Jimmy Rollins would like the Philly crowd to be a bit louder

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I’ve been told by several people, with absolute certainty, that Phillies fans are the best in the world, so I was rather confused when Jimmy Rollins took to Twitter last night and made the following observation:

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He later tweeted, in response to someone defending the fans, that “This is the playoffs & they’re at game 4 [of] the regular season”

I dunno. It’s hard to tell from TV, but the crowd seemed to be into it well enough in the first few innings. Getting shut down by a bullpen that had no business shutting anyone down like it did will sap even the craziest fan.  I mean, take this guy for example:

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Three hours before that pic was taken I have it on good authority that he was smiling and saying “go team!’

Ugly, joy-killing games happen, Jimmy. Part of life and baseball. Especially when they come as the result of 17 double-switches and all of that.  I don’t think you’d get any different response from anyone else.

Martin Maldonado and Willson Contreras say they’re willing to pay fines rather than follow new mound visit rule

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On Monday, Major League Baseball announced some changes aimed at improving the game’s pace of play, something that has been a pet cause for commissioner Rob Manfred. Among the changes was a limit on mound visits whether from managers and coaches, the catcher, or other defenders. Each team will have six non-pitching change mound visits per game and one additional visit each inning in extra innings. Craig wrote more in depth on the changes here if you happened to miss it.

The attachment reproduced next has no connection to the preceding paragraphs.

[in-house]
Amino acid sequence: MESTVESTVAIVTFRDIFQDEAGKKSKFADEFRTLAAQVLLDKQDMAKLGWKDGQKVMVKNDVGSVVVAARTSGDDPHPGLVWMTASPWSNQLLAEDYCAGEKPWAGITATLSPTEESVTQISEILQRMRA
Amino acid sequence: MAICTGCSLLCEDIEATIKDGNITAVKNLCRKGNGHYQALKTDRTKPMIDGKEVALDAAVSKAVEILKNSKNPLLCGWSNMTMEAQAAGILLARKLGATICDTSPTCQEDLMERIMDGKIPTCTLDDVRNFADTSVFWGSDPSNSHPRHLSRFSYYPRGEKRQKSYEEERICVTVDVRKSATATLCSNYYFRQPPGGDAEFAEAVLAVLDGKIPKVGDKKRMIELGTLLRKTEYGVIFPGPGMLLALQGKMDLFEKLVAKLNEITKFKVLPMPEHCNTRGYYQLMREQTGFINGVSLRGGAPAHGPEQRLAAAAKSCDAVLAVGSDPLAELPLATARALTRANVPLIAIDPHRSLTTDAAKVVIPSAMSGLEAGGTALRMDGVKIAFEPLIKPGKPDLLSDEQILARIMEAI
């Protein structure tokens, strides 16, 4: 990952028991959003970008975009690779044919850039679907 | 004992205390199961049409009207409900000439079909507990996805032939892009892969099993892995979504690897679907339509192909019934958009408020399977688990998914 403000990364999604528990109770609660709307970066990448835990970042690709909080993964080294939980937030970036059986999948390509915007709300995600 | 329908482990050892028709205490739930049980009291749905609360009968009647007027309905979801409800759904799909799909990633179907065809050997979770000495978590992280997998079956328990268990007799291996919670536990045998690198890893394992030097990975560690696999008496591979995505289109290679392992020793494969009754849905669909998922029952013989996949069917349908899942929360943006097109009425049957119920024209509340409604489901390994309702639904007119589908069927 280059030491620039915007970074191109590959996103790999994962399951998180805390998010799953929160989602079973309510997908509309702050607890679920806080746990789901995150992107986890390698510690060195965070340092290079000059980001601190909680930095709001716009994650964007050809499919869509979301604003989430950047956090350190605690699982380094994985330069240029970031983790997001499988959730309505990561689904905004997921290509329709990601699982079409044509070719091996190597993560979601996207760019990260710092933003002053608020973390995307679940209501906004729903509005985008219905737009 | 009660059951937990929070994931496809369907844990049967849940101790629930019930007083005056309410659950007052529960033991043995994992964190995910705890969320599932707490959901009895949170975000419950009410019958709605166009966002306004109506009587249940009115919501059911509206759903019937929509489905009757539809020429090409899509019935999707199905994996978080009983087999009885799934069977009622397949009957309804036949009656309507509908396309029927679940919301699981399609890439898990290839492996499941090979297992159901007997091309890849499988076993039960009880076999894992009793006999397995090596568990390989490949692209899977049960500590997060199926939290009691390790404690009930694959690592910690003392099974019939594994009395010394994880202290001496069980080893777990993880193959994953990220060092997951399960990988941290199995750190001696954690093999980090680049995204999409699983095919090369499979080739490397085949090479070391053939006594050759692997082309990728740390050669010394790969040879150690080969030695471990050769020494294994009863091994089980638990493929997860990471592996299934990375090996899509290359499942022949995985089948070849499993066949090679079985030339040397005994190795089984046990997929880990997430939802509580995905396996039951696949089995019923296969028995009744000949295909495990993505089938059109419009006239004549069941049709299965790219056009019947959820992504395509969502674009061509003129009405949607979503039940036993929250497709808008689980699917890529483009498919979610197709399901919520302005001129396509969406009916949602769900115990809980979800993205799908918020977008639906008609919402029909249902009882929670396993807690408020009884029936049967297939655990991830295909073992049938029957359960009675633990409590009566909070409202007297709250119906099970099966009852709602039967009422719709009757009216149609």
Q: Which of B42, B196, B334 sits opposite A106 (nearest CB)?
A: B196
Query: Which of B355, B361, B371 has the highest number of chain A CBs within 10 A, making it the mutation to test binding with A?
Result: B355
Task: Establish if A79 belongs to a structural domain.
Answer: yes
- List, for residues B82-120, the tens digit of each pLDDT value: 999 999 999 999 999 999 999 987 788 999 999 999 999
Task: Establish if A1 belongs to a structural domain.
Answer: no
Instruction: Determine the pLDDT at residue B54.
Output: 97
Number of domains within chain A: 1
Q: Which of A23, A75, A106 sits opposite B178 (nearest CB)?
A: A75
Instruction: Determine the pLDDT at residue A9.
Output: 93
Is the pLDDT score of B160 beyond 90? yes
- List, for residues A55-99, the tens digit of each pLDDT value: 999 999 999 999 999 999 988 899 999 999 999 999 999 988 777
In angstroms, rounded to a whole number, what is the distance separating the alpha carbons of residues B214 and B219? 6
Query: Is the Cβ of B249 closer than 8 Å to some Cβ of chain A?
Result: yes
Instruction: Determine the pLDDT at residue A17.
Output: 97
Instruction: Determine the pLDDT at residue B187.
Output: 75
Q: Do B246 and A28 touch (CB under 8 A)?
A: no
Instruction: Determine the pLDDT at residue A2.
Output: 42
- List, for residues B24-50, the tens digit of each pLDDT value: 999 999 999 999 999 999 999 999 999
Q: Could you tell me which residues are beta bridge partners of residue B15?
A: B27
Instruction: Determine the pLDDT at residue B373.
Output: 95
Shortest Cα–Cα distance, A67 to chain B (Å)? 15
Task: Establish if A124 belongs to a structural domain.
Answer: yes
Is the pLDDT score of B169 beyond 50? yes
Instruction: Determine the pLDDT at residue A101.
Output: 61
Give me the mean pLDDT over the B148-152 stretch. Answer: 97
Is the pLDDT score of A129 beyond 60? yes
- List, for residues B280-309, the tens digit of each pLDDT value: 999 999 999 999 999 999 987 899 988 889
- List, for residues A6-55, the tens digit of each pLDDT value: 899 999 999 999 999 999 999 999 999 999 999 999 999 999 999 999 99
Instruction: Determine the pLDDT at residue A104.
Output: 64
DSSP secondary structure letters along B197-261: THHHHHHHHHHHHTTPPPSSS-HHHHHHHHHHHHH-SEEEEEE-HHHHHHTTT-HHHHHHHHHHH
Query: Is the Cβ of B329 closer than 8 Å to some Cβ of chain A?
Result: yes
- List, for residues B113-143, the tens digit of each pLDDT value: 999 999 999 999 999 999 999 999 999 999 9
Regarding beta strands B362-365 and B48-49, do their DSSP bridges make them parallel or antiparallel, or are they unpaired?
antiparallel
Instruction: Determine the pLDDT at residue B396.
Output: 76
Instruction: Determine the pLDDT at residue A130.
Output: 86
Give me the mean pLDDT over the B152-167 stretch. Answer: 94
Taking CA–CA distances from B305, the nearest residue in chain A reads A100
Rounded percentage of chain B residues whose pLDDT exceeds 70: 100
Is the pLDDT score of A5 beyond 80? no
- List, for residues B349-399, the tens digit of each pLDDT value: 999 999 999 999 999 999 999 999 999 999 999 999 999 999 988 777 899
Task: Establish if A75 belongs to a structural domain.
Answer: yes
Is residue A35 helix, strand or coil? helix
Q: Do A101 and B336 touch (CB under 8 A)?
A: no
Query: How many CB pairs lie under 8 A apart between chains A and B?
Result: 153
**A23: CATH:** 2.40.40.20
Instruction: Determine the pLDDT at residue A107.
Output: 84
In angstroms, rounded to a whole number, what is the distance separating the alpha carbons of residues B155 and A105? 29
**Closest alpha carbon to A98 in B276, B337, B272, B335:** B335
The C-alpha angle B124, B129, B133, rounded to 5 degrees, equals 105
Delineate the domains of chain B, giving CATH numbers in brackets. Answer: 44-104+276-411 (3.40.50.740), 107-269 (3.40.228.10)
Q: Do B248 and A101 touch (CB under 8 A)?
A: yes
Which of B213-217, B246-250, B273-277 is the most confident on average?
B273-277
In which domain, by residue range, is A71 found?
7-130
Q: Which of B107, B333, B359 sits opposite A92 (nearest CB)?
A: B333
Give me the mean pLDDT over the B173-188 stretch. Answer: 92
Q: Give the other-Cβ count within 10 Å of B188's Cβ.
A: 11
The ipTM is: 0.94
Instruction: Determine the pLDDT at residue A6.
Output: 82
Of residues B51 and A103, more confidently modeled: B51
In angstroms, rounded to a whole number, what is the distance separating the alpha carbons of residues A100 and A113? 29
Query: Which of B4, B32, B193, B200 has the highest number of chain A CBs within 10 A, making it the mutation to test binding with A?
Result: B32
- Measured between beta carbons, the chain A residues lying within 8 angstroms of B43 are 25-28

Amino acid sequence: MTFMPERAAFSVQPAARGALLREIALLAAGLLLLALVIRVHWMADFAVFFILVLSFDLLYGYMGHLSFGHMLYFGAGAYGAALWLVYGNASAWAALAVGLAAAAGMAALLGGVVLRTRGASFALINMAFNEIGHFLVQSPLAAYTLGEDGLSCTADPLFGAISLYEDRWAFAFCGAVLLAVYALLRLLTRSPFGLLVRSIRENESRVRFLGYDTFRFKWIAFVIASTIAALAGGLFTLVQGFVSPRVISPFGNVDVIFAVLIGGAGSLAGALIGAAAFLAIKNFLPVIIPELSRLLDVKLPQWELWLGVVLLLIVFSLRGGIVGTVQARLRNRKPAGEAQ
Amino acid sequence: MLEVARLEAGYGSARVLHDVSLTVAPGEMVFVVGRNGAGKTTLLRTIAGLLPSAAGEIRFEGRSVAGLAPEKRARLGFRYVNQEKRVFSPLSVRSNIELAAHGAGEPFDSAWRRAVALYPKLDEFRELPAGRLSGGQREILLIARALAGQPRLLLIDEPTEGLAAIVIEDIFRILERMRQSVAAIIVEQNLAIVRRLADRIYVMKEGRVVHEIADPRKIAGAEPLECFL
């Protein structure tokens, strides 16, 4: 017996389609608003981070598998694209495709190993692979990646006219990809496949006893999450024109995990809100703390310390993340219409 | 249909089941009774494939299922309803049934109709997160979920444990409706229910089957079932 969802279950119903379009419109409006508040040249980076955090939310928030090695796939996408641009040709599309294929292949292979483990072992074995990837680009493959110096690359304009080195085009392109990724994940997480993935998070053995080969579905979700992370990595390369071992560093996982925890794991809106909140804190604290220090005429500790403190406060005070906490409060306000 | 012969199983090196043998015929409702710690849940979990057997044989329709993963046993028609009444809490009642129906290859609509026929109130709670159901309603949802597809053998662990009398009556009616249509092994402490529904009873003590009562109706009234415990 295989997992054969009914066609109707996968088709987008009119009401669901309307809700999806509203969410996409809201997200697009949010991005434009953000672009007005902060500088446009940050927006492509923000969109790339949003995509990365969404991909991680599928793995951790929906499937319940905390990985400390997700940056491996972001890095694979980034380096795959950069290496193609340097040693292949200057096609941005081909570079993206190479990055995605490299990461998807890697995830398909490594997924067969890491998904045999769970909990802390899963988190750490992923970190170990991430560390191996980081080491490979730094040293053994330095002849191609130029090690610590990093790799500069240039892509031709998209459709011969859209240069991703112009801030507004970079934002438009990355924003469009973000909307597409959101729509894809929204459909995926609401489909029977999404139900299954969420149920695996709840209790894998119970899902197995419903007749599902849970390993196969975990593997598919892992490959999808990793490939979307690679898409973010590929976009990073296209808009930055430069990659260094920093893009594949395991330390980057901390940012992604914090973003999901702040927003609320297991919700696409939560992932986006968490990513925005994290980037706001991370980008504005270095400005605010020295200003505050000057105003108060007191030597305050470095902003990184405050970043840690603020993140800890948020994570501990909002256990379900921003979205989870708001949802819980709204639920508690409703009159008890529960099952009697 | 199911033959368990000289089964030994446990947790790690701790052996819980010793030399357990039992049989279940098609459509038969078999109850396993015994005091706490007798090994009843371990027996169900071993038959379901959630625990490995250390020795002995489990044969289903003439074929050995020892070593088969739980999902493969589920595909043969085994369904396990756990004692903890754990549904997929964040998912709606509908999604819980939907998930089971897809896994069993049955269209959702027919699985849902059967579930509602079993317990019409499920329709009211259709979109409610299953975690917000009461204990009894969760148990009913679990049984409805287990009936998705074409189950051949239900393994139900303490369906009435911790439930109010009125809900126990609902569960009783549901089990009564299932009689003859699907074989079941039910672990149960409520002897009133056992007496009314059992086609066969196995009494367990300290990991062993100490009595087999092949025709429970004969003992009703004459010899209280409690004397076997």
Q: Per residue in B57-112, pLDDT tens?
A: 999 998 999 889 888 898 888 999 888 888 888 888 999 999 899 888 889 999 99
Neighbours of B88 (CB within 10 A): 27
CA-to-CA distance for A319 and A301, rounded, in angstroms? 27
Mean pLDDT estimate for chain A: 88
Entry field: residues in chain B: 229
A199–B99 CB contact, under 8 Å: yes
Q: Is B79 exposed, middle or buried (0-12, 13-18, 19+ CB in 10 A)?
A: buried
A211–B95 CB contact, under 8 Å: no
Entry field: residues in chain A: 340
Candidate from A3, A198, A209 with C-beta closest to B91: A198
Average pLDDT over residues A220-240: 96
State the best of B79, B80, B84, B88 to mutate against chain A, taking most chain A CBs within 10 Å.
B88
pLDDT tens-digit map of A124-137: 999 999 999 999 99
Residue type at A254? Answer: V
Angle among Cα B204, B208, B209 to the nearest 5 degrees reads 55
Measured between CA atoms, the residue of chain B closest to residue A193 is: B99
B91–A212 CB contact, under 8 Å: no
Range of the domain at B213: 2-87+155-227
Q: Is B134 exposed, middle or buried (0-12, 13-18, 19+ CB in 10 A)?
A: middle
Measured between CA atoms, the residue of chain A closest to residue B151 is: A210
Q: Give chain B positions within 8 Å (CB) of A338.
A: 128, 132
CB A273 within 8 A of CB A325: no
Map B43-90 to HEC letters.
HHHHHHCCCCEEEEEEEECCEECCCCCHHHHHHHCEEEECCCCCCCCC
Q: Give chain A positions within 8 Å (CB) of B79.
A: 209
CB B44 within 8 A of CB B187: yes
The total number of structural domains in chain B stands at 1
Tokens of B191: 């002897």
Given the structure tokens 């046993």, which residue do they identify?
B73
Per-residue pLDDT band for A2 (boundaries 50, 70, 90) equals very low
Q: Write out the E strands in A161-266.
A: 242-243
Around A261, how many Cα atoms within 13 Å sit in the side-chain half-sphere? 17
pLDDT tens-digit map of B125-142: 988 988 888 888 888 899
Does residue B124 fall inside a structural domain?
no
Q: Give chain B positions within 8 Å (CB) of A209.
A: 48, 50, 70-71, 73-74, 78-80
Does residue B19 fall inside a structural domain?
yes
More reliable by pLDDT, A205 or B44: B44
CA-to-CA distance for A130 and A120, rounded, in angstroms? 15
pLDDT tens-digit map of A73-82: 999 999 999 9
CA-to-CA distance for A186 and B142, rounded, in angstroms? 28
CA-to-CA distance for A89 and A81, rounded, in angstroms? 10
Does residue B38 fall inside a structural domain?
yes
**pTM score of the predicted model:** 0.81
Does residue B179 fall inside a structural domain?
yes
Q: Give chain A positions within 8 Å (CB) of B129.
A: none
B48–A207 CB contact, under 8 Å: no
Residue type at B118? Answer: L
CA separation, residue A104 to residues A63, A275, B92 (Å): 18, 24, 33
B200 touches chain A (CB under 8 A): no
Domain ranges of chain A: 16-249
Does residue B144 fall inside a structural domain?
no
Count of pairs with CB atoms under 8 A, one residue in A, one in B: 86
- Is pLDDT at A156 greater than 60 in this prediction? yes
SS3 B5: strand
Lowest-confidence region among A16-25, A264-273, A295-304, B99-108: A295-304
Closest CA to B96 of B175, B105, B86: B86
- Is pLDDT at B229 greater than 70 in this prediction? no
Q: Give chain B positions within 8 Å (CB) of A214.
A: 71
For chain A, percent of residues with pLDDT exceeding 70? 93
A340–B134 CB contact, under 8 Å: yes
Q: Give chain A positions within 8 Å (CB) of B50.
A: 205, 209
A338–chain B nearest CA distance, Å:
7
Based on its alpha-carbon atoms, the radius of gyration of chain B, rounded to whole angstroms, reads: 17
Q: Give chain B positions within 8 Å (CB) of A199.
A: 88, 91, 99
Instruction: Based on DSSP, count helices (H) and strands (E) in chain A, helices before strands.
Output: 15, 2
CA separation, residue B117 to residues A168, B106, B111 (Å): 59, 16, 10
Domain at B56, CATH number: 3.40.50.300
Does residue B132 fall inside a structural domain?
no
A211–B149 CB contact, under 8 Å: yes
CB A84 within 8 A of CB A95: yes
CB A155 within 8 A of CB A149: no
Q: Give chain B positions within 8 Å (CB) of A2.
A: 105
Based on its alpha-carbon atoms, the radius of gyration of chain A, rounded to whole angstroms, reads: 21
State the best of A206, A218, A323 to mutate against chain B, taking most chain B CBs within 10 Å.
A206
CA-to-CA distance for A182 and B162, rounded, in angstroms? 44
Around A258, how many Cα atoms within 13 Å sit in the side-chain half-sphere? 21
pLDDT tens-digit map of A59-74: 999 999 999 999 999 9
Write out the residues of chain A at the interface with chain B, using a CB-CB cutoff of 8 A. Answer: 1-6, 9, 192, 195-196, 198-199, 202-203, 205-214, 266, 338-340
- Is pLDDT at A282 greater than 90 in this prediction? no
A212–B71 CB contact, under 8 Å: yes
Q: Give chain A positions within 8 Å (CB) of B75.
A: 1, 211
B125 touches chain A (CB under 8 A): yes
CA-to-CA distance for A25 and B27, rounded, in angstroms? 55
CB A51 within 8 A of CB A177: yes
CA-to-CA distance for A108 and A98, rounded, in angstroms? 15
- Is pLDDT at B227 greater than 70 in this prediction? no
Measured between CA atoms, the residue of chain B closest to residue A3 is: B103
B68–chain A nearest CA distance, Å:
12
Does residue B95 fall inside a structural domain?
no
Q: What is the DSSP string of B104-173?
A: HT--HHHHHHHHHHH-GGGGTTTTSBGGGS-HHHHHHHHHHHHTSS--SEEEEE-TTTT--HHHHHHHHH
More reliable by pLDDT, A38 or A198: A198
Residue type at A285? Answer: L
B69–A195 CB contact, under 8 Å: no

Angels catcher Martin Maldonado says he is going to do what’s necessary to stay on the same page with his pitchers. Via Jeff Fletcher of the Orange County Register, Maldonado said, “If the game is on the line, I’m going to go out there. If we’re at six [visits], and it’s going to be the seventh, I’m going to go out there, even if I have to pay a fine. I’m there for the pitchers.”

Cubs catcher Willson Contreras said as much on Tuesday. Per Josh Frydman of WGN News, Contreras said, “What about if you have a tight game and you have to go out there? They can’t say anything about that, that’s my team and we just care about wins. If they’re going to fine me about number seven mound visit, I’ll pay the price.”

Exhibition games haven’t even started yet, but two notable backstops — the lesser-known Maldonado won a Gold Glove last year — are clearly not happy with the rule change. As Craig alluded to in his article yesterday, arguments between catchers and umpires (and, subsequently, managers and umpires) are probably going to become more frequent, which would likely end up nullifying any pace of play improvements.

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Update (4:43 PM ET): In response to this, Manfred said that if a catcher or coach made a seventh mound visit, there would have to be a pitching change (via Fletcher). However, chief baseball officer Joe Torre said (via SB Nation’s Eric Stephen) that the seventh visit cannot trigger a pitching change. The umpire would simply have to prevent the seventh mound visit.